Tuesday, June 11, 2013

Just a shot away

This is not what I usually write about. But I have not been able to stop thinking.

Last week, a horrific thing happened in the small beach city where I work.  A troubled young man shot and killed five people, including his father and brother, before he himself was killed by the police.

I think when these things happen, most people see it on the news and although it's terrible, it's across the country. It doesn't touch you.

But this one touched me. That's my college campus in those news photos - I'm starting a class there next Monday. I have colleagues who were hiding in an office nearby. That police dog patrolling the sidewalk as the students were rushed to safety? I know him and his handler.

Today I found out that my coworker, J_____, went to high school with a young woman who died. Her friend was shot in the head multiple times, and finally succumbed in the hospital this weekend. The young woman's father died at the scene.  I learned that he was another friend's uncle.

This weekend, while sitting on my back deck on a beautiful Sunday evening, we heard something that must have been a gunshot ring out in our canyon, and the echo fade away. The next day our Block Watch bounced emails from neighbor to neighbor. "Did you hear it?" "I heard it." "It was down by B____'s house." There were sounds another night, too. "I was asleep, but my husband heard it."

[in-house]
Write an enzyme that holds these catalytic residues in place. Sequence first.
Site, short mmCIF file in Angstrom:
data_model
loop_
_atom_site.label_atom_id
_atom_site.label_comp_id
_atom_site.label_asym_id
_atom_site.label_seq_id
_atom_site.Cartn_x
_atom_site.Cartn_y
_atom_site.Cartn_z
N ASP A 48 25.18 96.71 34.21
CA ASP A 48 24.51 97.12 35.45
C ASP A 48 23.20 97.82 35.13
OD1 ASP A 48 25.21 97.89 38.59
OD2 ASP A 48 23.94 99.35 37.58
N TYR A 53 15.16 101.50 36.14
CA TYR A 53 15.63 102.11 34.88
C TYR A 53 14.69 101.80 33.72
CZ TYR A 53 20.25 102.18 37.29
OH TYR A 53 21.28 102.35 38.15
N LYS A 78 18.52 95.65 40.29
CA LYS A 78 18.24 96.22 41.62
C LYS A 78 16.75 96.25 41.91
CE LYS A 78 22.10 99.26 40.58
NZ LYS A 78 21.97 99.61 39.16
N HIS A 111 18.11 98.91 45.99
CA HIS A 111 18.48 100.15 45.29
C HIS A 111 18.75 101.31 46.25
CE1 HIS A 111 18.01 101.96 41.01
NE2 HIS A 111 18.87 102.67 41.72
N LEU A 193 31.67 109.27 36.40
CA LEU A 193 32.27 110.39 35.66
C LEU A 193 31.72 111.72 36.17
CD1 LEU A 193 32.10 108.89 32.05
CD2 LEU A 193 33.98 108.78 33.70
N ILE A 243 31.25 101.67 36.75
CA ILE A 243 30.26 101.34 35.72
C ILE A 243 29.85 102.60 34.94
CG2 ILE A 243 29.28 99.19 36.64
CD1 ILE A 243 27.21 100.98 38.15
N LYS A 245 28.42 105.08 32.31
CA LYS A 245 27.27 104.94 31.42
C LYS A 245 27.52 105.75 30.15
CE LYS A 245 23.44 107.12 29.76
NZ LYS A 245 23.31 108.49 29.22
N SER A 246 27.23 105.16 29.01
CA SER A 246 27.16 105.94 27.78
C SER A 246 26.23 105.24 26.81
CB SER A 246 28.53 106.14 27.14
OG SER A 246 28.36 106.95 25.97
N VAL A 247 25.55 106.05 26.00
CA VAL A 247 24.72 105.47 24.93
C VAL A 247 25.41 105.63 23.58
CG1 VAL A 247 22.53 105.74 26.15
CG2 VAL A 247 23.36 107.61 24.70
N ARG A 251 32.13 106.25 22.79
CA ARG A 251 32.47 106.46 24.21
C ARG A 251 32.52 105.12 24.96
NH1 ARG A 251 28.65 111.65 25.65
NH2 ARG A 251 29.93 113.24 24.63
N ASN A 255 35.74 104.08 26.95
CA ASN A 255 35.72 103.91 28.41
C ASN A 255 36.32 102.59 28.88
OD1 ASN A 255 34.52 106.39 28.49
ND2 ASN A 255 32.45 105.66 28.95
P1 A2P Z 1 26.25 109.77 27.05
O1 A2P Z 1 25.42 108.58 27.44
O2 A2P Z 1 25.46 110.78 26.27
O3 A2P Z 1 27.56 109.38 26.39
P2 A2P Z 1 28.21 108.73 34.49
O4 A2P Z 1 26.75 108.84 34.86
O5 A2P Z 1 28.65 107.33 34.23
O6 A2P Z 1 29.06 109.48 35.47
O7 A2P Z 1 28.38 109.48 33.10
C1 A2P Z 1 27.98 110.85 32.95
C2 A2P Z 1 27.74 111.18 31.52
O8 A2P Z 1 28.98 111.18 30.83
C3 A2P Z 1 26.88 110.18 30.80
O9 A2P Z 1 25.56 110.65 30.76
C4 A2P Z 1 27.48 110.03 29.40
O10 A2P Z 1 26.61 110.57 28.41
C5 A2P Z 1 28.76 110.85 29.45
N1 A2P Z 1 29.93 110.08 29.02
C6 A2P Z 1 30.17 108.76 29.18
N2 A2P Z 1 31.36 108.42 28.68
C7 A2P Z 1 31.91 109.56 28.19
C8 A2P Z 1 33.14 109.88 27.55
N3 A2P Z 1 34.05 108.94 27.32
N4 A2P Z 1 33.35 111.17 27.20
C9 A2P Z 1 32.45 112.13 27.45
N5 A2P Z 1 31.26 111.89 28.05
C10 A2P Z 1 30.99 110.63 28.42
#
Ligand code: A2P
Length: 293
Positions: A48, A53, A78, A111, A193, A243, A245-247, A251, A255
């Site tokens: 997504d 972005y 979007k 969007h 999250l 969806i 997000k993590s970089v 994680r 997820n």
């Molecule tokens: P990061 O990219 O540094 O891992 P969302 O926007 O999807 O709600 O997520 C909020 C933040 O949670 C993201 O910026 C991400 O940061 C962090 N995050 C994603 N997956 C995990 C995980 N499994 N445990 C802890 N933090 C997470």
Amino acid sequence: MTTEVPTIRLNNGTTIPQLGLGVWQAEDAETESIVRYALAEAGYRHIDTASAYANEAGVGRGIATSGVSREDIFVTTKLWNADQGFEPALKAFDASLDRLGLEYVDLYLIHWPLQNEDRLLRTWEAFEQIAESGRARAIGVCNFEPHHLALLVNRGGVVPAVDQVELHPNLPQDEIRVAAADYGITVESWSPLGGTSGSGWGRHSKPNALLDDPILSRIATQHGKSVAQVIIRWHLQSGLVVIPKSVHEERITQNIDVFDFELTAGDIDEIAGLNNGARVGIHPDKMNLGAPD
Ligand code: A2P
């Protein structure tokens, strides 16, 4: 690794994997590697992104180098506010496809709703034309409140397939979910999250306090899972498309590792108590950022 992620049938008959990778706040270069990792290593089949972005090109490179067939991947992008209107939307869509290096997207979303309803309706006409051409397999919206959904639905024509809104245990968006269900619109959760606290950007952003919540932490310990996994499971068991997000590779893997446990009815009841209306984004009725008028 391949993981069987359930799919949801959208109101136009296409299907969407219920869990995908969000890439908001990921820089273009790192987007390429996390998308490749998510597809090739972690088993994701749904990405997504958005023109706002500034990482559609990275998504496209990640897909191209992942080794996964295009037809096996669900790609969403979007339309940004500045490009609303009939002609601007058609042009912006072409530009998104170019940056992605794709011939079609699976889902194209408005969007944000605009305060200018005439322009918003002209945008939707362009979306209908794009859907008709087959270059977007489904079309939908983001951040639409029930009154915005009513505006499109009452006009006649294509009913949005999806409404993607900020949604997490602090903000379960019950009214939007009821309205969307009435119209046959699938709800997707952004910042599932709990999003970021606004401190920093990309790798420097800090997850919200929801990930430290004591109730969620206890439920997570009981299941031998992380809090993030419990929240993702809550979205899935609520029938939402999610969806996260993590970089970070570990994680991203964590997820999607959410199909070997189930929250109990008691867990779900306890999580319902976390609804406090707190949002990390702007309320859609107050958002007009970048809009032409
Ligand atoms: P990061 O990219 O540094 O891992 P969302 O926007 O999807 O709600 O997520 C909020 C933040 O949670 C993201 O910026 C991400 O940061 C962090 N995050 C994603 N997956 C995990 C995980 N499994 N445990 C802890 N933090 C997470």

We live in a rural area; maybe someone was shooting a coyote, maybe a deer? Was it a car backfire? A firecracker?

"I know a gunshot when I hear one," writes one neighbor.

"War, children. It's just a shot away," sings backup singer Merry Clayton, behind Mick Jagger in the Rolling Stones' most notorious song, "Gimme Shelter."

Oh, a storm is threat'ning
My very life today
If I don't get some shelter
Oh yeah, I'm gonna fade away 

War, children, it's just a shot away
It's just a shot away
War, children, it's just a shot away
It's just a shot away 

Ooh, see the fire is sweepin' our very street today
Burns like a red coal carpet, mad bull lost its way

War, children, it's just a shot away
It's just a shot away
War, children, it's just a shot away
It's just a shot away

It was recorded in fall of 1969, just a short time before the Stones played at Altamont, and because of the violence that happened there, and the Maysles Brothers' film of that incident, the song resonates with a sinister forboding that it may not have originally deserved. Although in hindsight even the artists speak of it as apocalyptic, the product of the deep pessimism of the time, the riots and turmoil of the Vietnam War.

After Keith Richard's guitar solo, Clayton steps forward to sing, and her voice wails out. The sound is one of the fiercest and most despairing in all of rock and roll, chillingly presaging what was to come at Altamont.

Rape, murder!
It's just a shot away
It's just a shot away

Rape, murder!
It's just a shot away
It's just a shot away

In 1969, Greil Marcus wrote in The Rolling Stone magazine that "Gimme Shelter" is a song about fear. He writes, "It's a full-faced meeting with all the terror the mind can summon, moving fast and never breaking so that men and women have to beat that terror at the game's own pace."